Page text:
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woman with balloons overheadMy life did get better after 50. But not for the usual reasons.

Five years earlier, I had surgery to remove my diseased colon (ulcerative colitis), and I started therapy with a new drug for multiple sclerosis that led to remission. By any standard, at age 50 I was healthier than in any of the previous 20 years. I had more energy and endurance, less pain, and better mobility.

If my 50 was atypical, so was 30 and 40.   Only now, with 60 behind me, have I realized how isolating it’s been to be so be different from “healthy” people.

This story begins a few days after my 29th birthday and two months after getting married. While running on a hot summer day, I lost vision and, within minutes, was unable to walk. After several years of vague symptoms and diagnostic tests, getting the diagnosis of multiple sclerosis (MS) was a relief.

But a diagnosis is neither a solution nor a cure for chronic disease. Nor does it help others understand your experience. The invisible and unpredictable nature of chronic illness creates a huge disconnect for someone (like me) who creates relationships through shared experience.

Within three months, I returned to work and to my life. But nothing was ever the same again. No decision — small (should I go to the party?) or large (should we have children?) — was made without consideration of my health.

On my 30th birthday, happily married and financially comfortable, my life looked normal. But I had found my job and career path too physically demanding and switched from a job in media production to the sales side.

When I told a friend about this, she said that she knew how it felt. An appendectomy had prevented her from attending her best friend’s wedding. But this wasn’t a bad week for me, this was the rest of my life. I was stunned and remember thinking, “I’m different now.”

As symptoms increased over the next decade and I continued to make switch back turns, changing jobs to find a good fit, even if I wasn’t clear what that meant. The only advice I got was to stop working, so I could be less stressed. How was that a good idea, since I liked working and it energized me?

I hoped children would normalize life for my husband and me. I was exhausted during pregnancy and after the birth of each of our daughters. But so were all the other moms in the baby group, right? I knew my tired was different, but how to explain this and why? When I shared my concern that I was more tired than ‘normal’ with a new mom friend, she asked if I wasn’t being a bit too dramatic? OUCH. Clearly, talking about how crummy I felt would not be my ticket to social success.

Friends were running marathons while juggling family and career, and I was barely managing the housewife/mom stuff. Work was a respite. But at the end of each day, it felt like I’d run a marathon.

Then, as I turned 40, I developed another autoimmune disease, ulcerative colitis (UC), which, in my case, was even more aggressive than the MS. Many days I was too sick to leave my house, never mind show up at my job, teaching communications at BU. My only option was to leave the workforce. I was a physical wreck, and miserable, to boot.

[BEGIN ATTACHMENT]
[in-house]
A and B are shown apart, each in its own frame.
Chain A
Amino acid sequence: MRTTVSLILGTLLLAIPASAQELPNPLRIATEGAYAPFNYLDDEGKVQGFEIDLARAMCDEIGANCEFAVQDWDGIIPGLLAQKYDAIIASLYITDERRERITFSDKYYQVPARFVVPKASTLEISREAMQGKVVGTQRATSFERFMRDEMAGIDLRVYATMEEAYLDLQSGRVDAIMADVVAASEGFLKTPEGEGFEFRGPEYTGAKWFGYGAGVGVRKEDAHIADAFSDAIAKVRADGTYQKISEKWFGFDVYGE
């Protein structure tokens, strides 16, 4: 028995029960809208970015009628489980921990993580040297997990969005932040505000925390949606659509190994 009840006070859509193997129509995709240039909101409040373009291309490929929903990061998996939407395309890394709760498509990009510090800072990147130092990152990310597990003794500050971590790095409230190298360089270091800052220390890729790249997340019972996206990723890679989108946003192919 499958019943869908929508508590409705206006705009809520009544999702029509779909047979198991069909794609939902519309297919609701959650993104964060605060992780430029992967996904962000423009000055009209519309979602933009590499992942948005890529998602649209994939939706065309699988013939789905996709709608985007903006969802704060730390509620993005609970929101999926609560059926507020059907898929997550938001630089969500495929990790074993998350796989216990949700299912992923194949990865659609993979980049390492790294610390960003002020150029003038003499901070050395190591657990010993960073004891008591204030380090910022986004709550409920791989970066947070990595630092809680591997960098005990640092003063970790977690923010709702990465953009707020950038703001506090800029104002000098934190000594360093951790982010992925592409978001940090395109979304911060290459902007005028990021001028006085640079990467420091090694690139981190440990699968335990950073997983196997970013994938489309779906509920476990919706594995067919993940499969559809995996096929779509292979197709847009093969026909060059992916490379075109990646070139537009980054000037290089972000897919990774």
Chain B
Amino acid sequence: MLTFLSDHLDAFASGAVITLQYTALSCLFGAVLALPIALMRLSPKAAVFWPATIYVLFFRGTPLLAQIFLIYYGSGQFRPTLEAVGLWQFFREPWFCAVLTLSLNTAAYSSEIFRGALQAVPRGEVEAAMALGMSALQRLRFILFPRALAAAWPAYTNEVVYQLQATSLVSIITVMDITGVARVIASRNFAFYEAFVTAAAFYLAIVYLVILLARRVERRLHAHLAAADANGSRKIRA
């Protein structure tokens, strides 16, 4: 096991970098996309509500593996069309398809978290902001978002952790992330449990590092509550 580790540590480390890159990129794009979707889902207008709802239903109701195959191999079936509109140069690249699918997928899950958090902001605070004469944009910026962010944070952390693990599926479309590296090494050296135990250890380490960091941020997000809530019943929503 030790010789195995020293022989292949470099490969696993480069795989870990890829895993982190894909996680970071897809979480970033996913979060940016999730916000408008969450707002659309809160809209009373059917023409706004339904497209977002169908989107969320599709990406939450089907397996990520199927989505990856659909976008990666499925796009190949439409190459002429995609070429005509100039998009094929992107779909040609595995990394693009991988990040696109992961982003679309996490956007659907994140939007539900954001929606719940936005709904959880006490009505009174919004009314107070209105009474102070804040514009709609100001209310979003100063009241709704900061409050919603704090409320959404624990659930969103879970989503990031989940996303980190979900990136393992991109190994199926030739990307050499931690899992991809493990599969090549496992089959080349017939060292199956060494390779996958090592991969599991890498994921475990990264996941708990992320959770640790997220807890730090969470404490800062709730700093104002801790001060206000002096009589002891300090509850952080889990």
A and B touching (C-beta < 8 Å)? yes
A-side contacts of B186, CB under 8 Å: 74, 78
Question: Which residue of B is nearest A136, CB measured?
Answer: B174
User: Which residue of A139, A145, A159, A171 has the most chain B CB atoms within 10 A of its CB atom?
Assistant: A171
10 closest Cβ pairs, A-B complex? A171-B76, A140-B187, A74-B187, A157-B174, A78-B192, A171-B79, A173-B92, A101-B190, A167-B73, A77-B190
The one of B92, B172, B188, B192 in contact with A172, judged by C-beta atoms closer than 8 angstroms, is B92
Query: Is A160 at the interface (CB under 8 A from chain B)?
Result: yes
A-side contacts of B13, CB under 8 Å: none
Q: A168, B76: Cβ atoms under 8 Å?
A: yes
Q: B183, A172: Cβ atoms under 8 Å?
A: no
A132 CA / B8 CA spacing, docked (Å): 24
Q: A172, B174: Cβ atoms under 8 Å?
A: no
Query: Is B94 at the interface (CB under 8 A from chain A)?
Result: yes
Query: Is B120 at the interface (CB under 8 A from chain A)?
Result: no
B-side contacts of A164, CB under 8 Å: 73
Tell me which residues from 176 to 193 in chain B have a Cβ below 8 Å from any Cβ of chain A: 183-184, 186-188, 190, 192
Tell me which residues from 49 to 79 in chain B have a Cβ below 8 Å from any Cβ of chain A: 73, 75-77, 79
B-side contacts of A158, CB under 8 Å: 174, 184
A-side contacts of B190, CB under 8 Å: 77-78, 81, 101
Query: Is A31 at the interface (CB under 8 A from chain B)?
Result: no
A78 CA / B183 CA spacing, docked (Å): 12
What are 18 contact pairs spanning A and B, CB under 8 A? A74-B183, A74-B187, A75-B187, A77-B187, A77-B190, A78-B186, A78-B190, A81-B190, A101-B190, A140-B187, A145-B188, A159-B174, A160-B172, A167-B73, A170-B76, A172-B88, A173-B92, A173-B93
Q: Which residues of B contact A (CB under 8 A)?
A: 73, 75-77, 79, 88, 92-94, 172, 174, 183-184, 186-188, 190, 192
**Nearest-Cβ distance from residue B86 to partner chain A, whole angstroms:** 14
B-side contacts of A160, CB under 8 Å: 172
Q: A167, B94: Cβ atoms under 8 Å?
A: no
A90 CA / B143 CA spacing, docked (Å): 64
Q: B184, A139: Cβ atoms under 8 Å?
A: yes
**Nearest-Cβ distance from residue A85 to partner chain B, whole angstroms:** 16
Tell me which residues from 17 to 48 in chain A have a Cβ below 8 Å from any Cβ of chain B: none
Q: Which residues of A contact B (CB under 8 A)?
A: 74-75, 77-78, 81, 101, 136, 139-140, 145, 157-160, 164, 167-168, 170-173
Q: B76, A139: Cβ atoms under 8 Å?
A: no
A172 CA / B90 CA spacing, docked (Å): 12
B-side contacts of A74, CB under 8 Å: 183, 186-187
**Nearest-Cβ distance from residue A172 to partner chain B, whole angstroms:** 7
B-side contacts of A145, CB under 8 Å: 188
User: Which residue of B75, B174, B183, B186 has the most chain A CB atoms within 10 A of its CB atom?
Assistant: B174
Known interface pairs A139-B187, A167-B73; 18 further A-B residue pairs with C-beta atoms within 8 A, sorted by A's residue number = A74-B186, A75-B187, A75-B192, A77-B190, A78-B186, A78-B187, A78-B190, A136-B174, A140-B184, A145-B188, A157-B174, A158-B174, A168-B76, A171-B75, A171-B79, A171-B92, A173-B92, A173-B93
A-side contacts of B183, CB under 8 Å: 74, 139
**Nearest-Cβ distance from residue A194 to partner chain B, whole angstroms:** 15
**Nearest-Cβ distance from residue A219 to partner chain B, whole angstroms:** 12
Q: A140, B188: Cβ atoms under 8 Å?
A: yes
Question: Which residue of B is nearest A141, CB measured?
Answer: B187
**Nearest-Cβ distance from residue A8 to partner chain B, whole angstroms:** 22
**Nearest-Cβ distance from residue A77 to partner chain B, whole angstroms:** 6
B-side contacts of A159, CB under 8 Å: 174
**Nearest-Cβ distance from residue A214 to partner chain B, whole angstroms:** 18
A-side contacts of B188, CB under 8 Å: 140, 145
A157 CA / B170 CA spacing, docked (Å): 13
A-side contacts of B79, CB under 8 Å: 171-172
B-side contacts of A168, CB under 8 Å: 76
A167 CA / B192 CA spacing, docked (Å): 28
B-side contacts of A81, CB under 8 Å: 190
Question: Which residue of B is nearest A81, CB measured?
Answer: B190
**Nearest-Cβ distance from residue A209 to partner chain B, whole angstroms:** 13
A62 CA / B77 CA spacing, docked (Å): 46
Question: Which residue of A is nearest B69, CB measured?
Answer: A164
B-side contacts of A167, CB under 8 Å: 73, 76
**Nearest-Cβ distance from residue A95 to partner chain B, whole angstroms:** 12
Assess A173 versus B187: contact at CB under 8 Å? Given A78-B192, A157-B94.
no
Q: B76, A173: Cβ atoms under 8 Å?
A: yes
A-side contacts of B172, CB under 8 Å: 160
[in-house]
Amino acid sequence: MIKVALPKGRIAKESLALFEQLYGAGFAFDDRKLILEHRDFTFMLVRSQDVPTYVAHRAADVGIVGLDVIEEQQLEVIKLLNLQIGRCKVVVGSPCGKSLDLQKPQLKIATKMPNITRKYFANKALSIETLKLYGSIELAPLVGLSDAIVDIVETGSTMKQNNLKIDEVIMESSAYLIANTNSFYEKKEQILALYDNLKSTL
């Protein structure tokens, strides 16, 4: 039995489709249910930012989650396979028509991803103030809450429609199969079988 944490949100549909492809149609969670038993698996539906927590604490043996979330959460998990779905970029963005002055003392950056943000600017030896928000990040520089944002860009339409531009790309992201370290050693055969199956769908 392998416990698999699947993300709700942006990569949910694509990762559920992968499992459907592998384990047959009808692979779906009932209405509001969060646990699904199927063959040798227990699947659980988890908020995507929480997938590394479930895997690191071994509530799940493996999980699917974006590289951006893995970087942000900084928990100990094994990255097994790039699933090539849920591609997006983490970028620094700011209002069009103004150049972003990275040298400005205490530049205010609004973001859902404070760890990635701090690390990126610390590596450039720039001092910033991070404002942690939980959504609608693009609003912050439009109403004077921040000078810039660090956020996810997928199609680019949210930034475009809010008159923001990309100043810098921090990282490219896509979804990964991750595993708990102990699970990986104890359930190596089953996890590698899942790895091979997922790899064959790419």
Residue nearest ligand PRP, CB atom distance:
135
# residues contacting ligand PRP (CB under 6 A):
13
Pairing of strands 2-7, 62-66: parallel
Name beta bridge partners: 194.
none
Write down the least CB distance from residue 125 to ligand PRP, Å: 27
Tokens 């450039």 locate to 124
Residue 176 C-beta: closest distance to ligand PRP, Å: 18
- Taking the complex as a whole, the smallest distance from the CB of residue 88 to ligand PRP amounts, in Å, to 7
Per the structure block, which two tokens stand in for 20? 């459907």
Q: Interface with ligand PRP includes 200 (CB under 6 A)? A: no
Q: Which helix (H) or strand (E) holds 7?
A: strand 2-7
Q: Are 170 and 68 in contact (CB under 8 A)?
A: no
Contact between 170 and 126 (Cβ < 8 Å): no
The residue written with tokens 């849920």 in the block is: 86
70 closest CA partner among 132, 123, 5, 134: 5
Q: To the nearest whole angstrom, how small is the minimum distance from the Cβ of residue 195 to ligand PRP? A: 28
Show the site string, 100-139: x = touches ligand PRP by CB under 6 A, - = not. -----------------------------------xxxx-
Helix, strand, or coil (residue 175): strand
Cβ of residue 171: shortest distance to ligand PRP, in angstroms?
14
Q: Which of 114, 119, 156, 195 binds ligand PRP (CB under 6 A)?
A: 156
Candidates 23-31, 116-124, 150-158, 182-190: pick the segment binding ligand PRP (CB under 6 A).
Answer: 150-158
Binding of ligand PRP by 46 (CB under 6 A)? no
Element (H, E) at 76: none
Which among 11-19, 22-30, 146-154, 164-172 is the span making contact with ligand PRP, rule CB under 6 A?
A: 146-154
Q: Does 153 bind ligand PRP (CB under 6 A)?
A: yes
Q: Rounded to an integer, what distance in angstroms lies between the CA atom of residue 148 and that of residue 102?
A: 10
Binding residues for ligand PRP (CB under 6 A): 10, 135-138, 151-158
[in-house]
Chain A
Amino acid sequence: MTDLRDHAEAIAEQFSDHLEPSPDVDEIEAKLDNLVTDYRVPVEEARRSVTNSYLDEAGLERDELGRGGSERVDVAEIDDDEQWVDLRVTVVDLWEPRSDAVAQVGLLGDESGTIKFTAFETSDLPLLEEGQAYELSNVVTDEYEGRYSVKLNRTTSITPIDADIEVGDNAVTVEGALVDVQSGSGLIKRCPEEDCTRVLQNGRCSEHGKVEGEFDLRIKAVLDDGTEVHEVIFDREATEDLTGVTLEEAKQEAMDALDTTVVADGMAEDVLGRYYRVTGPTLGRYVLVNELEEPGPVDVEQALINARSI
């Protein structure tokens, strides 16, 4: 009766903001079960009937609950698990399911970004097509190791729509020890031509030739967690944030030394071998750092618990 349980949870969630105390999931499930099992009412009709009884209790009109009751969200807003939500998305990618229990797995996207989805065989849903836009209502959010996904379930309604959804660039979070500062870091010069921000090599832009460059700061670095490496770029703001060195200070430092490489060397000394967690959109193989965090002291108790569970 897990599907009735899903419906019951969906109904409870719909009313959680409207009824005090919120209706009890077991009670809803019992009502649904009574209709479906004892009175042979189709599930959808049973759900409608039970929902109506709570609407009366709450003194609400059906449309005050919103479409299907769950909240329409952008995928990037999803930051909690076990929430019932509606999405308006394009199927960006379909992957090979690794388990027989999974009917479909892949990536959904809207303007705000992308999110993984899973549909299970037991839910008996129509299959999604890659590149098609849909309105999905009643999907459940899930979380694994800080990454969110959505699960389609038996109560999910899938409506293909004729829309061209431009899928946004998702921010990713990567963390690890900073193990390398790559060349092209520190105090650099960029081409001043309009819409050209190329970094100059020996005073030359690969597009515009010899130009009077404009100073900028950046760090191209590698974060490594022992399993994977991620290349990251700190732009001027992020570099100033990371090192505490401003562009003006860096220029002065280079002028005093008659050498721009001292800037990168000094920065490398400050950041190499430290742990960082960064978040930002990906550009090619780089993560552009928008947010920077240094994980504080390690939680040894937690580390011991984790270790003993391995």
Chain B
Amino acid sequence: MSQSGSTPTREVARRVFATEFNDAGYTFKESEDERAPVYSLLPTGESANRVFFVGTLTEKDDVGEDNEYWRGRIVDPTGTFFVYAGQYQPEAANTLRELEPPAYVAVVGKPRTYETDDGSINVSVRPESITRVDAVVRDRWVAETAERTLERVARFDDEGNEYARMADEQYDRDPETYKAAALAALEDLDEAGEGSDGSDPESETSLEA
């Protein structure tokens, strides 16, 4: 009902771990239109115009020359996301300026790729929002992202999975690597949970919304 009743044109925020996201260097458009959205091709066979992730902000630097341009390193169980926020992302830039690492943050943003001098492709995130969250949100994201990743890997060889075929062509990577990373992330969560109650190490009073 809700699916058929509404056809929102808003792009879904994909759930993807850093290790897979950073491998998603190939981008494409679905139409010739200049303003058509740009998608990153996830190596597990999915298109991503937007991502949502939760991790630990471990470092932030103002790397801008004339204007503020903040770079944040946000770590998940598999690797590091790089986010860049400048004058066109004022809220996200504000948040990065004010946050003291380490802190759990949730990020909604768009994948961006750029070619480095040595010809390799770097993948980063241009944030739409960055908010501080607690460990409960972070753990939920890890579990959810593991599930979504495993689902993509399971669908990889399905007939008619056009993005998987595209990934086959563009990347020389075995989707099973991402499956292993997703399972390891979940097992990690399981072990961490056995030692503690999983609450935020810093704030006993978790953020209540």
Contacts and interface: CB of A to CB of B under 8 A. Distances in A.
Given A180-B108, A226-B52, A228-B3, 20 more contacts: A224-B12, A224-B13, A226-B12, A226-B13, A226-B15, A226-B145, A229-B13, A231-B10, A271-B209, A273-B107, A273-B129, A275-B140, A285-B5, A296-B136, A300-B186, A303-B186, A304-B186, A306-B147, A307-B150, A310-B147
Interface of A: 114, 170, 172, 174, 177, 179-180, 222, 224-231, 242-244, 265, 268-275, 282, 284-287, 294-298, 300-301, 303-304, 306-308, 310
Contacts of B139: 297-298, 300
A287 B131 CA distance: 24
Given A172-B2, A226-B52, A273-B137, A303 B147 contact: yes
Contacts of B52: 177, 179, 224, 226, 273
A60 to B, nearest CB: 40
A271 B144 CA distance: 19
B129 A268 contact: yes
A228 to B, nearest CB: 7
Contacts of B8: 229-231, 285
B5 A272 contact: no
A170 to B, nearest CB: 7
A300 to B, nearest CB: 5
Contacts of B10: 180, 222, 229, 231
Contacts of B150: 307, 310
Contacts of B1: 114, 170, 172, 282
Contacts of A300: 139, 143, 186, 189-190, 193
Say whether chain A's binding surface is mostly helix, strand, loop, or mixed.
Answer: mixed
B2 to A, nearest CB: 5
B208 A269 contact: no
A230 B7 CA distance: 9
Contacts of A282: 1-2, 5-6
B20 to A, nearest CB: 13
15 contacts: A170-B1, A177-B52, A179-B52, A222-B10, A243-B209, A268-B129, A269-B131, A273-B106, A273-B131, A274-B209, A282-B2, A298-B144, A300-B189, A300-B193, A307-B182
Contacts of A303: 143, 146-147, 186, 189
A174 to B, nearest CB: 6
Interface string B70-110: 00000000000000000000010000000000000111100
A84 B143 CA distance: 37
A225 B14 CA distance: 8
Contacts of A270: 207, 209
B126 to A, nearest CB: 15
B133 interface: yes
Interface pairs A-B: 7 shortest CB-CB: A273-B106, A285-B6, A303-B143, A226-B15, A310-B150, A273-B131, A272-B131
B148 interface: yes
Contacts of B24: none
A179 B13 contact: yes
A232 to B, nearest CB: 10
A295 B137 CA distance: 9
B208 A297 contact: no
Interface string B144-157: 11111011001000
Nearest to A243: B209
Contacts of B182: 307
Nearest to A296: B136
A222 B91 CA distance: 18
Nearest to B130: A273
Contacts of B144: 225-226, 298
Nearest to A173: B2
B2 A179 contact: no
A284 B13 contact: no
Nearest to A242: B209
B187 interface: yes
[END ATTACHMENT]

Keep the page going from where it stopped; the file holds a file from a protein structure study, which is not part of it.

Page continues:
While others were doing triathalons, moving up career ladders, and active in their kids’ lives, I could not reliably do food shopping or carpools. They planned their futures; we couldn’t plan a vacation. I desperately missed being employed. It felt sad and disconnected to be so different.

So here’s where this story gets happier. At 45, I got rid of my colon, curing the UC, and I started a new MS drug that slowed diseases progression. Ready to regain some sense of ‘normal’, returning to work was at the top of my list. I realized work had to fulfill certain criteria for this to succeed. It had to:

  • be sufficiently satisfying and motivating to keep me going when my health was bad,
  • earn enough money to restore my sense of independence,
  • be sufficiently flexible for my still unreliable body (too many auto immune issues and parts that were broken beyond repair).

By 50, I had reinvented myself. Taking from own playbook, I founded a coaching practice focused on giving people living with chronic health conditions the tools they need to stay in the workforce. Using my own experience to my advantage was transformative. In fact, I’ve gotten even more than I could have imagined.

What’s different now that I’m 63? As my family, friends and community grow older, experiencing what it’s like to live with difficult and unpredictable health, I feel less alone.   I no longer feel like the only one with physical limitations or with a sad tale to share. It’s cold comfort, though, to be part of a community that no one is happy about joining.

Rosalind Joffe is the co-author of Women, Work and Autoimmune Disease: Keep Working, Girlfriend!, and publishes a widely read blog, Working With Chronic Illness. and can be found on twitter (@WorkWithIllness) and Facebook (ciCoach.com).

 

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The Invisible And Unpredictable Nature Of Chronic Illness was last modified: by

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